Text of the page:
The decision will make it harder for government employees to abuse and milk the state’s retirement systems.
Yes, the Reason Roundtable podcast has gone quarantine-crazy.
With some investment returns likely falling as far as 15 percent, states are going to face a cumulative pension debt of between $1.5 trillion and $2 trillion by the end of the year.
Our most troubled state enters 2020 having lost residents for six years in a row.
The guiding principle for California policymakers seems to be: Tell everyone what they want to hear—or at least stick to the rosiest scenarios.
Chicago, Los Angeles, and New York City all have some easily identifiable management problems.
Mike Riggs talks with Illinois Policy Institute's Adam Schuster about how to fix the state's pension debt crisis.
The island's residents have had enough of a territorial government tainted by corruption and that is seemingly contemptuous of their daily struggles.
Voters will decide next year whether to impose it.
Last year, CalPERS issued 30,969 pensions checks worth $100,000 or more on an annualized basis—up from about 14,600 six-figure payouts in 2012.
The laws governing public pensions allow for horrible people to collect government benefits.
One pension-spiking tool can be scaled back now, but the California Rule remains intact.
A candid picture of how investors see the slowly unfolding pension crisis
The district's budget is broken, and the latest deal with the unions will make it worse.
America's highest paid public employee might win another college football national title, but he's also a good argument for pension reform.
Skyrocketing debt and pension obligations make for a tough labor environment.
"We have a legal and moral obligation to provide and deliver on the promises that have been made," says Gov. Matt Bevin, who called the session Monday.
A heavily abused program breaks the limits of what the IRS allows, leaving taxpayers even further on the hook.
Rahm Emanuel wants pot legalization and a casino so the city can grab more taxes for its pension debts.
The Windy City is bleeding population. A commuter tax is most certainly not going to help.
Cash-in on a controversial, costly program from city's new top cop.
From occupational licensing reform to legalizing beer-drinking on stage, elected Libertarians are doing some pretty interesting things
A bill would allow some officials retroactive access to potentially 10 years of pension payments. Guess who would be on the hook for it?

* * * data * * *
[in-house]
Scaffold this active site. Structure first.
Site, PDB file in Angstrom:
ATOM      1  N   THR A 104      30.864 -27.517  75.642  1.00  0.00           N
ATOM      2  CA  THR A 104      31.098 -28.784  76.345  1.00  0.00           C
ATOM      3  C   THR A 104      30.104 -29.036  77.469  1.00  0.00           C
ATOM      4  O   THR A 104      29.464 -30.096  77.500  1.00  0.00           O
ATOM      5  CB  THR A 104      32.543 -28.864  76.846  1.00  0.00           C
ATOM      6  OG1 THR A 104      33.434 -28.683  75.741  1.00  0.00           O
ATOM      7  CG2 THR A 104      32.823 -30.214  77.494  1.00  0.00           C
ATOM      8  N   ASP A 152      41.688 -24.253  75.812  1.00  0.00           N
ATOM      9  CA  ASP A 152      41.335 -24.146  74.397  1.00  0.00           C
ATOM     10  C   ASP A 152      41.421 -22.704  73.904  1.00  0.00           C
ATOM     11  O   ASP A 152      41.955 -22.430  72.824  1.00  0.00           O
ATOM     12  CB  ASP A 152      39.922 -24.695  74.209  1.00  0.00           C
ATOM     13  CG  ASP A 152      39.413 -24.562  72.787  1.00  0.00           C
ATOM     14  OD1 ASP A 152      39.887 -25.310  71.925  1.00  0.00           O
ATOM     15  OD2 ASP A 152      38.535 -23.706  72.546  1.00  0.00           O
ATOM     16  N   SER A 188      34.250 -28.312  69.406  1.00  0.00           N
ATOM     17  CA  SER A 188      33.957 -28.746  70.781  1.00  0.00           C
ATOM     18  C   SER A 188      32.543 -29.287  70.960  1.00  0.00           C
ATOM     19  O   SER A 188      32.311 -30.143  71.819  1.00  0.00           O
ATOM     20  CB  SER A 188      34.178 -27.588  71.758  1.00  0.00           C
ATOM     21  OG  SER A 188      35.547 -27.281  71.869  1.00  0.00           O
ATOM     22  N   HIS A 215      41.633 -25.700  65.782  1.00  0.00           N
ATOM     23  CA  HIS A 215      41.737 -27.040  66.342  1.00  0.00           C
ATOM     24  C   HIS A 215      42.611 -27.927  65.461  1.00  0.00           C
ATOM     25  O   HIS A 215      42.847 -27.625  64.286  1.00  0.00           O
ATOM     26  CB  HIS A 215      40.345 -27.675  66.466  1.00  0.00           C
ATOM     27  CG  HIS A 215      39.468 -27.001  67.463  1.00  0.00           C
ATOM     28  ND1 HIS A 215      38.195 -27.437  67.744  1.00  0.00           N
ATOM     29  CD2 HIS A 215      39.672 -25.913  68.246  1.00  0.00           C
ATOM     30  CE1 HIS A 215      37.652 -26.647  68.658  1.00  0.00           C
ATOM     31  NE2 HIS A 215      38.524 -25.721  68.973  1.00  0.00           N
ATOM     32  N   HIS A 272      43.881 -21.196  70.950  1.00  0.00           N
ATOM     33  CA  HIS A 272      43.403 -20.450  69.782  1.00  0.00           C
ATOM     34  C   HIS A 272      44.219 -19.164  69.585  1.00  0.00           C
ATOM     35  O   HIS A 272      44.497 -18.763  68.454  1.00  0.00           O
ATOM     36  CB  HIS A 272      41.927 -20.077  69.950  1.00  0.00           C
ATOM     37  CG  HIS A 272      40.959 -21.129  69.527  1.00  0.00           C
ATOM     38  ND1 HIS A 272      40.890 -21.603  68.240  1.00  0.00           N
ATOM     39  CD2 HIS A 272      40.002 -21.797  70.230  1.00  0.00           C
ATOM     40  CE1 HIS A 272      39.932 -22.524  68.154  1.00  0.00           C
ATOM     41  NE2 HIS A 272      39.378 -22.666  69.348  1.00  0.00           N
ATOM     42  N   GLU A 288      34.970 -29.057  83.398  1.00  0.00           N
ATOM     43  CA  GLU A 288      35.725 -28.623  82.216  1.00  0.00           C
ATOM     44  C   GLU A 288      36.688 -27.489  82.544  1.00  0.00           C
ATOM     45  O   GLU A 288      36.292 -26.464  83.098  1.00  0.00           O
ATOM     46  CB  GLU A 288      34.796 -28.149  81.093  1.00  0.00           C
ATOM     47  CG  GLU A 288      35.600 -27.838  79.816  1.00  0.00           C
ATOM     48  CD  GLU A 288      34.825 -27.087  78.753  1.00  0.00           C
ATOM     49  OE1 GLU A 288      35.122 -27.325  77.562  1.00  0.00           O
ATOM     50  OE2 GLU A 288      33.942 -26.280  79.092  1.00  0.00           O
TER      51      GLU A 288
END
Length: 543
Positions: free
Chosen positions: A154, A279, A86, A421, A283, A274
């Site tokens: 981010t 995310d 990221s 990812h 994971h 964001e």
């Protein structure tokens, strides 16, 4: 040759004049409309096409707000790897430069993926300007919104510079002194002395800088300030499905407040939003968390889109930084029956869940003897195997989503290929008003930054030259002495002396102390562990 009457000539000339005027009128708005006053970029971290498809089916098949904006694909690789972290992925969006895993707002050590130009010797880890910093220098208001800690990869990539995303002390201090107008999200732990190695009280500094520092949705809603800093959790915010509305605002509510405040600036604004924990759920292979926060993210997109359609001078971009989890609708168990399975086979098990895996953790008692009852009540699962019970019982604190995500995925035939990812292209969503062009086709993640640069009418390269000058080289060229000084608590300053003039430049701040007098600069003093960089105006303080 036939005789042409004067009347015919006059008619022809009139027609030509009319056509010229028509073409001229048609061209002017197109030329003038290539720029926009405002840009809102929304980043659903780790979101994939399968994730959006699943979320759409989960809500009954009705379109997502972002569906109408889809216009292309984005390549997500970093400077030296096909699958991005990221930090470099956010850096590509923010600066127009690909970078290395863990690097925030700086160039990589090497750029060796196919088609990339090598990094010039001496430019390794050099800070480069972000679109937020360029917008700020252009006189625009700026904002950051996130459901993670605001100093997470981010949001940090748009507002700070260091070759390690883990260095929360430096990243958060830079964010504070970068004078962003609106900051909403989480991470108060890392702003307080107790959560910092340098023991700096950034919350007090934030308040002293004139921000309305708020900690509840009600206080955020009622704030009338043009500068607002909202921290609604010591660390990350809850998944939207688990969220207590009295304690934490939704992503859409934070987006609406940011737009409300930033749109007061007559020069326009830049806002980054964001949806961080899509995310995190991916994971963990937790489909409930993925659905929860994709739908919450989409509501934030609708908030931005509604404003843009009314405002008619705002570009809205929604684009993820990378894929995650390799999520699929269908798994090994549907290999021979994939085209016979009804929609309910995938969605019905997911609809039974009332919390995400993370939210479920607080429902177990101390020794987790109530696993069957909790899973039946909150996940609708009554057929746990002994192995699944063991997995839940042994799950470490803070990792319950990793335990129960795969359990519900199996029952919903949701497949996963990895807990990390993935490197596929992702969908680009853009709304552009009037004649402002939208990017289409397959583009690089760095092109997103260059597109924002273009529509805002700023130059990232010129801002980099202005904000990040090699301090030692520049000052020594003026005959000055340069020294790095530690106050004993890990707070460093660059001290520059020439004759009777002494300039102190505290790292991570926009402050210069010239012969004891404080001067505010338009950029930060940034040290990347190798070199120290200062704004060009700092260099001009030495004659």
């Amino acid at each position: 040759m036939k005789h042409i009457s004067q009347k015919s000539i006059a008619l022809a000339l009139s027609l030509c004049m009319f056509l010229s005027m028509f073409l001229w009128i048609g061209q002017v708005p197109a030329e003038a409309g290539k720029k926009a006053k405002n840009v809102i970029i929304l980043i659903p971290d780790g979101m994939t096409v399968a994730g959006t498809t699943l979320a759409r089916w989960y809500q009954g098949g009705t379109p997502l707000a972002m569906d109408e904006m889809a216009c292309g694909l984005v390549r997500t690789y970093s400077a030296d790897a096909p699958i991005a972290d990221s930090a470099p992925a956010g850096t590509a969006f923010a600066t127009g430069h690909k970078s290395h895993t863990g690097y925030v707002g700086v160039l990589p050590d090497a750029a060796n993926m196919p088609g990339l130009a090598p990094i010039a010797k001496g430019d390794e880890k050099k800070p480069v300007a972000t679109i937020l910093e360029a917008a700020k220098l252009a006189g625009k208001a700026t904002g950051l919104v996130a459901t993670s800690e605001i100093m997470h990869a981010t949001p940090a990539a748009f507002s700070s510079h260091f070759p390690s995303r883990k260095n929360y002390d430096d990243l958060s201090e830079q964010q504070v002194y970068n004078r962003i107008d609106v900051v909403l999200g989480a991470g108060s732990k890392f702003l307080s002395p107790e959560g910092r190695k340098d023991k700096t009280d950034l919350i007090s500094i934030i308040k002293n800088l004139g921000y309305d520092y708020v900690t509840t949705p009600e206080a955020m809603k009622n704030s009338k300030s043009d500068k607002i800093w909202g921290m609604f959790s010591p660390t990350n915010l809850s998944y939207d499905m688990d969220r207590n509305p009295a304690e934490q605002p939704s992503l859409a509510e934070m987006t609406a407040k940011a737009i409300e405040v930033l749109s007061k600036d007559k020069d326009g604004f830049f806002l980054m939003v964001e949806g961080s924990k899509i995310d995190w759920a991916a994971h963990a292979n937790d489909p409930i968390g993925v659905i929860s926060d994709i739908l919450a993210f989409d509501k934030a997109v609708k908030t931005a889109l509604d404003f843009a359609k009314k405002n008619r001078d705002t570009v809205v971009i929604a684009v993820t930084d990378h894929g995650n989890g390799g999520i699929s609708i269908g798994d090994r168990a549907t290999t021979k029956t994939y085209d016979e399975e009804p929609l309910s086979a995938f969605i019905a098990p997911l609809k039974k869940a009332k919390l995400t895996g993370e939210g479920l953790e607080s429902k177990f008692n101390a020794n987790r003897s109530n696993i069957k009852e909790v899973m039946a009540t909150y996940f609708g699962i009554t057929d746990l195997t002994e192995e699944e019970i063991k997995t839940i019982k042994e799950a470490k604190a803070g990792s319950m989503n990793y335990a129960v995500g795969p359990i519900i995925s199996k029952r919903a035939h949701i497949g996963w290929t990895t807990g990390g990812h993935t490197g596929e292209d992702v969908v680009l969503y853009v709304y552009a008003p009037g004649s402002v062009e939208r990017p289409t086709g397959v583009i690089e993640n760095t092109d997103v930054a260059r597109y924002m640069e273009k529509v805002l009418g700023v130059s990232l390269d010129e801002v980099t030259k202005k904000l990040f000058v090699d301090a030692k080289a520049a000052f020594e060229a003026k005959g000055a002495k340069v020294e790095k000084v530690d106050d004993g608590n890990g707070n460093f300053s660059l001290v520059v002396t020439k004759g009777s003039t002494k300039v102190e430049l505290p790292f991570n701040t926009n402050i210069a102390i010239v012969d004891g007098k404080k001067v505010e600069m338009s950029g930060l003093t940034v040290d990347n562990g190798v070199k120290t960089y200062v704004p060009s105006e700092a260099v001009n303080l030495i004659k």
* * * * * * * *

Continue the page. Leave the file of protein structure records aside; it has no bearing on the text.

But he's leaving office without really addressing the state's massive public retirement problem.
Taxpayer contributions to pension plans have doubled in the past decade, but pension debt continues to increase.
As we prepare for a new "era of limits," Democrats may need to reclaim their party's forgotten history of rolling back government.
It's Not Enough to Get Paid for Not Working: These L.A. Police and Firefighters Figured Out How to Double It
Meet the LAPD couple who made a cool $2 million off the city while hanging out at their condo in Cabo San Lucas.
Dealing with the pension crisis.
The California governor is starting to take on the public-sector unions he has spent his career empowering.
One of the highest retirement payouts in the state. Pennsylvania is dealing with $70 billion in pension debt.
California's pension fund looks to shift blame and avoid responsibility.
The state has a $135 billion pension debt, but Phil Murphy and Kim Guadagno would rather spend the campaign's final days fighting the culture war.
And seven retirees in Los Angeles pulled down more than $1 million each in retirement benefits last year.
The bloated public sector is sinking the Nutmeg State.
New report shows how California's pension obligations are crowding out spending on other things.
Local California officials warn of a looming disaster.
Residents already face a stream of tax increases, largely to shore up pension funds.
They are far from the only public institution in the state to do so.
The state pension mess is even worse than you think.
CalPERS strikes back against small towns and agencies trying to leave its system.
Millions lost when political influence overrules financial acumen.
Unions try to use good years to deflect attention from a growing problem.
Budget chaos at the state level isn't helping.
State still owes over $70 billion to current workers and retirees, but moving future hires to 401(k)-style retirement plans will save taxpayers in the long run.